As I’m sure I’ve explained here previously, I don’t normally comment upon public law cases (i.e. children cases involving local authorities, normally care proceedings), as I haven’t done any public law work myself for about twenty years. However, the recent judgment J (A Child : Care Proceedings : Apportionment of Experts’ fees) deserves, I think, some comment, even from a non-expert like myself.
The case concerns care proceedings taken by Derby City Council in relation to a three month old boy. The proceedings were instituted after the boy was found to have sustained skull fractures and a subdural haemorrhage. It is the Council’s case that these injuries are non-accidental injuries and that one or other of the boy’s parents is responsible for causing them.
The Children’s Guardian obtained permission from the court to instruct two medical experts, a consultant neuroradiologist and a consultant paediatrician, and the question then arose as to how the experts’ fees should be apportioned between the parties.
Perhaps the most remarkable thing about the case is that, despite originally consulting solicitors, and despite the availability of free legal aid, the parents have decided to proceed with the case as litigants in person. As the judge, His Honour Clifford Bellamy, explained these were complex proceedings with the potential for a very serious outcome should the court find that the injuries are non-accidental, and that one or other or both of the parents is responsible. The boy could be taken into care and placed for adoption. Quite why, in such circumstances, the parents should take the extremely unwise decision to act as litigants in person, one can only guess. I wonder, in particular, whether this may be another example of the parents believing that the entire system, including all lawyers, is biased against them. If so, then whoever put that foolish notion into their heads was doing them a severe disservice.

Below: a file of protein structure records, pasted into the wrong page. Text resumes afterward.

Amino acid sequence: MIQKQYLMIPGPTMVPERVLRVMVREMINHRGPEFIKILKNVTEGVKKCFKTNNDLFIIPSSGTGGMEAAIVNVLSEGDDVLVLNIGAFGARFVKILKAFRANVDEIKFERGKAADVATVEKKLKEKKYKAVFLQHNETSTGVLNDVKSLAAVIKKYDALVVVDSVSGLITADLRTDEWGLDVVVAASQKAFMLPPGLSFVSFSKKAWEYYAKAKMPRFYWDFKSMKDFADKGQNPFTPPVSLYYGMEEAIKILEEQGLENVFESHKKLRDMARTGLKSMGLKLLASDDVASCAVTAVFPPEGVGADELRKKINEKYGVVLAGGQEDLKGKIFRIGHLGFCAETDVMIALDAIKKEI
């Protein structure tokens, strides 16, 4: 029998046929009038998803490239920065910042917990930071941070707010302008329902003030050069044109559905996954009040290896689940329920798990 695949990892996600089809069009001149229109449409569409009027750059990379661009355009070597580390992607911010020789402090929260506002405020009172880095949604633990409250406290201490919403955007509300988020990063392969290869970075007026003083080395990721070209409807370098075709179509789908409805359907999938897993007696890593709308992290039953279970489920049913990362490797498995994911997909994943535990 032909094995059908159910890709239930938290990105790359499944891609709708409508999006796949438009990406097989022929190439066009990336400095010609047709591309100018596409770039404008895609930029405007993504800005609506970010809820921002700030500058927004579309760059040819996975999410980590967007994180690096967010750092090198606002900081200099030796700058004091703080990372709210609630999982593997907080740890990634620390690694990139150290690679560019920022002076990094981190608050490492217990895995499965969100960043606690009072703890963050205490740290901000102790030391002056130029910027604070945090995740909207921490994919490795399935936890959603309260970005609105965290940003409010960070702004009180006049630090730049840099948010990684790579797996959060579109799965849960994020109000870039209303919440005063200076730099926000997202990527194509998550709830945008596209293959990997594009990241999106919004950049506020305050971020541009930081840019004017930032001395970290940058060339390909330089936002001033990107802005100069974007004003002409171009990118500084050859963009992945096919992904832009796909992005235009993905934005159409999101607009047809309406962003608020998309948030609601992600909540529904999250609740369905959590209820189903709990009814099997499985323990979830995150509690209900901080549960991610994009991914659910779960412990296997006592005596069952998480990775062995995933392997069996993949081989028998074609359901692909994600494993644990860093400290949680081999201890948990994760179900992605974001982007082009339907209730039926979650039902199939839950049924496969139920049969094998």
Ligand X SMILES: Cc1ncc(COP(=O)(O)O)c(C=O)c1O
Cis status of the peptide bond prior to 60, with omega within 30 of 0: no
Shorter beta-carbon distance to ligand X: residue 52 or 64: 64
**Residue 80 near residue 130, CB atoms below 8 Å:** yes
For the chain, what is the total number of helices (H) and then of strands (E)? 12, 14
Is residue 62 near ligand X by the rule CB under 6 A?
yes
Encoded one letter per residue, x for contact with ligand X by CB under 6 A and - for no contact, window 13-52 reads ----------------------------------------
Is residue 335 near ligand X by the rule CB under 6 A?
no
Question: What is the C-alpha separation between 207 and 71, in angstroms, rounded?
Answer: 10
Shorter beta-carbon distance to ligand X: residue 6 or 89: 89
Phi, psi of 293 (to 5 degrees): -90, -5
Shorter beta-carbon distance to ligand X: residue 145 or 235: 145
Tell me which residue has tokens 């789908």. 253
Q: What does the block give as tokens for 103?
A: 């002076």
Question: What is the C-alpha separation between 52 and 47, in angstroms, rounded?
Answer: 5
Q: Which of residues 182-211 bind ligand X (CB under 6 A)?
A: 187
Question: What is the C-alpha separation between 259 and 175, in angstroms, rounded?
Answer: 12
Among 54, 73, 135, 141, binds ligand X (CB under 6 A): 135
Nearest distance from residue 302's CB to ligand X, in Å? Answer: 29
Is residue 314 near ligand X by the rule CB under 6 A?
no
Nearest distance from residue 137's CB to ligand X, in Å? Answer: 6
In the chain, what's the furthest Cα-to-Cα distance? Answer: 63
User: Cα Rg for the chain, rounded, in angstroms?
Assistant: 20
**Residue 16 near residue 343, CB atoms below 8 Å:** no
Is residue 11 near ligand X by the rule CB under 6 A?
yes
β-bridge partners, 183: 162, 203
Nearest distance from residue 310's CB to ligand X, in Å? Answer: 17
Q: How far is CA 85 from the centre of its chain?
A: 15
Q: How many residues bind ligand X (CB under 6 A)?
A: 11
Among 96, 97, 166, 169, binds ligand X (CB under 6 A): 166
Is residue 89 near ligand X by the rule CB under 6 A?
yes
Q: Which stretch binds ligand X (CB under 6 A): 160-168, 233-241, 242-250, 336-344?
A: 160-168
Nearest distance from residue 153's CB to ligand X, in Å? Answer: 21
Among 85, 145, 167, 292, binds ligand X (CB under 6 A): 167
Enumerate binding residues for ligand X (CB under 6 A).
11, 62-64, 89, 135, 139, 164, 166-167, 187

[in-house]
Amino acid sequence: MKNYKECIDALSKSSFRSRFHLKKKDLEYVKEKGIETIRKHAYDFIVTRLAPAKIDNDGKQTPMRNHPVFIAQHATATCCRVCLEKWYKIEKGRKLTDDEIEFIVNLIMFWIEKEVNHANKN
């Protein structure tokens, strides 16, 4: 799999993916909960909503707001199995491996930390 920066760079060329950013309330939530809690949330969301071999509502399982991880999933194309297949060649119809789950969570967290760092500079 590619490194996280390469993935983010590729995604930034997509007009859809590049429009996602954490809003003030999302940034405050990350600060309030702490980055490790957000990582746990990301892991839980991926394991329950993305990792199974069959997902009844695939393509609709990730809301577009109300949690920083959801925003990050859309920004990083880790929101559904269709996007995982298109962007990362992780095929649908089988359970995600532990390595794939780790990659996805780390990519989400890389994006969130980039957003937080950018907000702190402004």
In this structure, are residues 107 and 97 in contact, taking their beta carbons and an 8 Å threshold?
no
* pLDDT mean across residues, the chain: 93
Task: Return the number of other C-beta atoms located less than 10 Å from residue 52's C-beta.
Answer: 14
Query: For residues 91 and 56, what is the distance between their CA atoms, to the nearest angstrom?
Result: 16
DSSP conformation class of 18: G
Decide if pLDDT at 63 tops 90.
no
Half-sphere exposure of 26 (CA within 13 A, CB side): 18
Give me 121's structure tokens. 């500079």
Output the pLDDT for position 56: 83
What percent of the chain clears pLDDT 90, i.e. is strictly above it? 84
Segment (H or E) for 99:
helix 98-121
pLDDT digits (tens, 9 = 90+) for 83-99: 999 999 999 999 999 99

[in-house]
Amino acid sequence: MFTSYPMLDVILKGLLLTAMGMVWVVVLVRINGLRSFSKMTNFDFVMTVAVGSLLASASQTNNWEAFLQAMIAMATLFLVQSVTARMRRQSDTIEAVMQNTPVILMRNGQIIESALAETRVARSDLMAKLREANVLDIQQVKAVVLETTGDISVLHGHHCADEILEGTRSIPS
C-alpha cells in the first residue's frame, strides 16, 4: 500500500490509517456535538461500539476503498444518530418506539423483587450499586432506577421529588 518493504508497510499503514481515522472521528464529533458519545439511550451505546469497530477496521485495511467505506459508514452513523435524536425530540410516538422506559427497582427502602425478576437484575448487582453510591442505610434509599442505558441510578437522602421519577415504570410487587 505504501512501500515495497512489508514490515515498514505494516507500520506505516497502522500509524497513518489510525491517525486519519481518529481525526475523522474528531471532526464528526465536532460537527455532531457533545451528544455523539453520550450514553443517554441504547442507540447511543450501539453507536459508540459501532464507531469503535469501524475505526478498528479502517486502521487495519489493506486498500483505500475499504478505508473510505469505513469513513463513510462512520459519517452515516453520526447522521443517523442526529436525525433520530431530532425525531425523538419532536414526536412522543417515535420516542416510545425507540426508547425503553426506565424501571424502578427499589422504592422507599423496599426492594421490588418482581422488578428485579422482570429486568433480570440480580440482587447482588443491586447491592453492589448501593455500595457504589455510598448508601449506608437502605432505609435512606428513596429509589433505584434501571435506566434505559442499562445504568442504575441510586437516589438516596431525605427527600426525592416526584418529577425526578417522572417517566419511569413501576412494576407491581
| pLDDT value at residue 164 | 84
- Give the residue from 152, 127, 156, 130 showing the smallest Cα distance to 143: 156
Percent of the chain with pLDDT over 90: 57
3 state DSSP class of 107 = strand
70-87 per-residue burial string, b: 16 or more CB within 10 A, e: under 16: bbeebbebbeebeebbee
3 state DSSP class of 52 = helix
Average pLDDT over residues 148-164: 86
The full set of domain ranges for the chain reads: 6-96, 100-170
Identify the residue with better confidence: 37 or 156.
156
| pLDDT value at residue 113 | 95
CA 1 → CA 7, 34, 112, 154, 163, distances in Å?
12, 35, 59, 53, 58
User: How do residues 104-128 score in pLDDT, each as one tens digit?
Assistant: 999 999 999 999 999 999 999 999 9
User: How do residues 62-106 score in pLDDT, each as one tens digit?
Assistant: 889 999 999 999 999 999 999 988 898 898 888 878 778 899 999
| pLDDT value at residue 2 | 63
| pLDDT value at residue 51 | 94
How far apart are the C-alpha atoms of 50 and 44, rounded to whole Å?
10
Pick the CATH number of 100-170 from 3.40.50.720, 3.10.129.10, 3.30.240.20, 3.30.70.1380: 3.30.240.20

The parents’ decision had another effect, in respect of the payment of those experts’ fees. Normally such fees would be shared equally between all four parties: the two parents, the Children’s Guardian and the local authority, with the first three being paid by legal aid. Here, the parents did not have legal aid, and nor did they, as Judge Bellamy found, have the means to pay themselves. That just left the guardian and the local authority, and if the fees were shared equally between them then that would obviously mean that the local authority would be required to pay twice what they would normally have to pay.
There was another issue in relation to the fees. There are prescribed limits to the experts’ fees payable by the Legal Aid Agency (LAA), which can only be exceeded with prior authority from the LAA. Here, the consultant paediatrician was prepared to accept the prescribed rate, but the consultant neuroradiologist was not. The prescribed rate for him was £136.80 per hour, but the rate he charges is £180 per hour. As he said, £180 per hour is the rate the LAA would allow for a neuroradiologist instructed in a cerebral palsy clinical negligence case, and he could see no justification for considering his time to be worth less when instructed in cases in the Family Division. Unsurprisingly, Judge Bellamy agreed, and he found that there were exceptional circumstances justifying payment at a rate above the prescribed limit.
Judge Bellamy looked first at the issue of apportioning the fees. As he quite rightly pointed out, he could order the parents to pay their proportionate share, but that would obviously be futile, as they can’t afford to pay. He therefore decided that the fees should be shared equally by the guardian and the local authority.
Turning to the issue of the neuroradiologist’s hourly rate, the problem was as follows. The neuroradiologist sought payment for ten hours work, the maximum allowable by the LAA. His fees therefore came to £1,800, some £432 more than the prescribed rates allowed. Accordingly, if the LAA did not authorise payment at the higher rate then the solicitor for the guardian would have to pay £216 more than she would be entitled to claim back from the LAA. As Judge Bellamy said, this was a risk that the solicitor should not be expected to take, and could not be compelled to take.
In the circumstances, the LAA could thwart the will of the court for there to be an expert’s report. Judge Bellamy therefore stipulated that the guardian’s solicitor should make the application for prior authority immediately, that the LAA should deal with it as quickly as possible, and that if it refuses the application it should give full reasons for doing so, so that the refusal can, if appropriate, be challenged speedily.
It will be interesting to know what the LAA decides – hopefully, we will be told. For my part, I really think that if a court decides that certain expert evidence is necessary then, provided the expert’s fees are not entirely unreasonable, it should not be within the power of the LAA to thwart the will of the court.
The full report of the case can be found here.
Photo by Adrian Clark via Flickr under a Creative Commons licence.